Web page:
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Affordable tubeless gravel wheelset for Poseidon X

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Affordable tubeless gravel wheelset for Poseidon X

Old 07-12-22, 04:07 PM
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Affordable tubeless gravel wheelset for Poseidon X

The stock wheelset on this thing isnít ideal. But I havenít had issues related to the rims yet. Just some issues with running a tubed setup.

these are the specs on the stock X I could find that are relevant to this upgrade.
  • Wheels: Poseidon Alloy 700c 32h, quick-release axle. Rims are not tubeless compatible.
  • Bike can handle up to a 700x40 tire with clearance for mud. 650b compatible with up to a 1.9" wide tire.
  • Fork: Full Carbon fork Ė Tapered 1 1/8" Ė 1 1/2"
  • Thru axle spacing - 100 front/ 142 rear
  • QR spacing 100/135
  • 12mm axle needed for TA

I assume theyíre better than a big box store bikeís rims. Iím thinking of going with the aluminum wtb i23 (or something of a similar price range/spec) but Iím not sure of which model specifically.

Iím mostly riding pavement and hard pack gravel. Iím 240lbs/109kg so if there are recommendations on sturdy wheel sets out there, let me know. If Iím silly for looking for a wheelset at this price point and should look for something around the $500 mark, Iíd also like to know.

also let me know your experiences with tubeless and if itís a good idea for a beginner at all. I struggle with even mounting a tire with my tube setup. I have a reliable lbs that I trust to switch over my cassette/rotors if I decide to get a new wheelset.

Iím cross posting this from the gravel/CX post I made.

I contacted Poseidon and they recommended these 24 spoke hunt wheels. Iíve heard mixed reviews about Hunt. But Iím not the type to drop $600+ on a wheelsetÖ yet.
https://us.huntbikewheels.com/produc...-wide-wheelset



From what I've researched, the more spokes, the better for us big boned folks. Is 24 enough for my weight?
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Old 07-13-22, 07:57 AM
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I just put these on my bike. I could not be happier with them. Bontrager doesn't put a rider weight limit on their wheels. They are within your price point. I run them with tubes but they can be set up tubeless. Most of what they sell is pre-owned, but the wheels I got were brand new.

https://www.theproscloset.com/produc...el-no-warranty
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Old 07-13-22, 09:20 AM
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Cnguyen323 what kind of issues with running tubed are you having? There may be other solutions than a new wheelset, and a new wheelset may not be a solution at all, depending on the nature of the problems.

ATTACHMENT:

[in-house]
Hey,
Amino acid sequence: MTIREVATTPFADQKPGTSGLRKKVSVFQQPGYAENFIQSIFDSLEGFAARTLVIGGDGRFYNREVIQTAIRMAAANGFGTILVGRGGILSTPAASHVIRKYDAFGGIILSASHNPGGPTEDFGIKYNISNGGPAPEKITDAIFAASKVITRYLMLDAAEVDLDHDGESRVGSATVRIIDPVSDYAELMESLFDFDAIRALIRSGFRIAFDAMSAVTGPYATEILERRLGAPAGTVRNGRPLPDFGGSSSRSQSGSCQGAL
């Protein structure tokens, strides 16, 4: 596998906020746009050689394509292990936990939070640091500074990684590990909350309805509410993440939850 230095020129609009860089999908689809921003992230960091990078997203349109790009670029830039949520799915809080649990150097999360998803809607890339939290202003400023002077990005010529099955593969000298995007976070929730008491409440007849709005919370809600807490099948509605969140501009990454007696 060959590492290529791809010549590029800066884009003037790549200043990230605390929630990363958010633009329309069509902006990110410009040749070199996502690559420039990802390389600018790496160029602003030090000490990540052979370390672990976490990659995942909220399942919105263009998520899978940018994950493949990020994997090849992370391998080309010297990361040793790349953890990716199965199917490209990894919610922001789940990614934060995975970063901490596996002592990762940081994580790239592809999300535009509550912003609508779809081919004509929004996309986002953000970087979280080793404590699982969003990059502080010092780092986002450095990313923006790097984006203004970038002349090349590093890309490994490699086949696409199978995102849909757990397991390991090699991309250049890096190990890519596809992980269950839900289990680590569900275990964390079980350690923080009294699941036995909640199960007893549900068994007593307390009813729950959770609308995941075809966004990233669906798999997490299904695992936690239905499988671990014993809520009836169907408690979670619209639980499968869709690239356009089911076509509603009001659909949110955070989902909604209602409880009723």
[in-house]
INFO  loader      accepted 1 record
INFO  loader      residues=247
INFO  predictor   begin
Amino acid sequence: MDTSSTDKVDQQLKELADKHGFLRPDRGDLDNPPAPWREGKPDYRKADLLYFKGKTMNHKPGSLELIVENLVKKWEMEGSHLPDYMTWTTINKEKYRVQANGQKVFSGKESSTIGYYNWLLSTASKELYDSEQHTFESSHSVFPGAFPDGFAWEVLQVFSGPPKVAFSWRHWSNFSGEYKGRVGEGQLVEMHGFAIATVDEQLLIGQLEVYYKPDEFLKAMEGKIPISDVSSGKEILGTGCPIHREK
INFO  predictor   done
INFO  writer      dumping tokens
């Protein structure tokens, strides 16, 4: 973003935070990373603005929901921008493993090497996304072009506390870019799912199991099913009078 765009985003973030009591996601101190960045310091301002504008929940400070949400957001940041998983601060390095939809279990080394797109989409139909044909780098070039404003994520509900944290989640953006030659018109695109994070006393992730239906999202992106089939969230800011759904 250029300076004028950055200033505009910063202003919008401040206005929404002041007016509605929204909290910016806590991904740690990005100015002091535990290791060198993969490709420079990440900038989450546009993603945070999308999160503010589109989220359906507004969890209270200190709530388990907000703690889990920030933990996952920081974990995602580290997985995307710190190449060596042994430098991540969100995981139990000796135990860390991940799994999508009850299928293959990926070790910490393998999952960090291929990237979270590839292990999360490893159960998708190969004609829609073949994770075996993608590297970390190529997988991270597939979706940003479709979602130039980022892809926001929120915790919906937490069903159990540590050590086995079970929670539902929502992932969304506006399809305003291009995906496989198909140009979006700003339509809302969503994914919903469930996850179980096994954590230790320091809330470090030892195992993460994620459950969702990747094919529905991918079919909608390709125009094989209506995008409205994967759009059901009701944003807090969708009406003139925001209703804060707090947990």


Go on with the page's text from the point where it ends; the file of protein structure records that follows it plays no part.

If you’re hoping to piggyback upgrades with the solution, although I don’t know exactly the spec of your stock wheelset, it’s unlikely that you’ll get any meaningful upgrades out of a $500 wheelset. Lighter weight, additional width, aero gains, enhanced durability…you’ll probably be trading off one for another, which I’d call more of a lateral move than an upgrade, but it also depends on your goals. Straightline speed on pavement? Improved stability on gravel? Sportier feel? The latest looks? Given you can’t afford it all, it makes sense to identify what you’d like above the others, and make sure any new wheelset is delivering that over the stock set.

With regard to spoke count, it’s more than that which makes a wheel good or suitable for a heavy rider. The engineering of the wheel is paramount, and so to answer your question in brief, yes, 24 spokes can be enough. Flange height and spacing, rim depth, the resulting bracing angle, rim and spoke material and spec…that’s where the gold is. Spoke count alone only suffices to describe suitability of the lowest grade components, by which I mean that any yahoo can throw together any hub/rim/spoke combo and make it work if they use enough spokes, but only good designers using top quality parts can build an 18 spoke front, 24 spoke rear, 1372g wheelset which is exemplary for a strong, heavy rider. And that’s not hyperbole; those specs describes the American Classic Argent wheelset which I have been riding for a decade at weights between 230lbs and 250lbs…the exact same set, over the notoriously lousy roads of Michigan. I have two sets on the road, actually, and they’re the most brilliant wheels I’ve ever ridden, but unfortunately no longer available.

Lastly, on the issue of tubeless, I’d say it’s not a great idea for the novice to wade into building a system piecemeal. Particularly not for heavy riders who also need to be mindful of high pressure suitability. In addition to the various challenges surrounding rim/tire compatibility, it takes the right set of tools to easily live with and maintain tubeless tires. It’s not undoable of course, but can be a lot if one is not committed to the adventure. I’ve run as many as 5 sets of tubeless wheelsets concurrently, and presently run 4 bikes tubeless, so it has its place, but tubeless is not the best setup for all scenarios.
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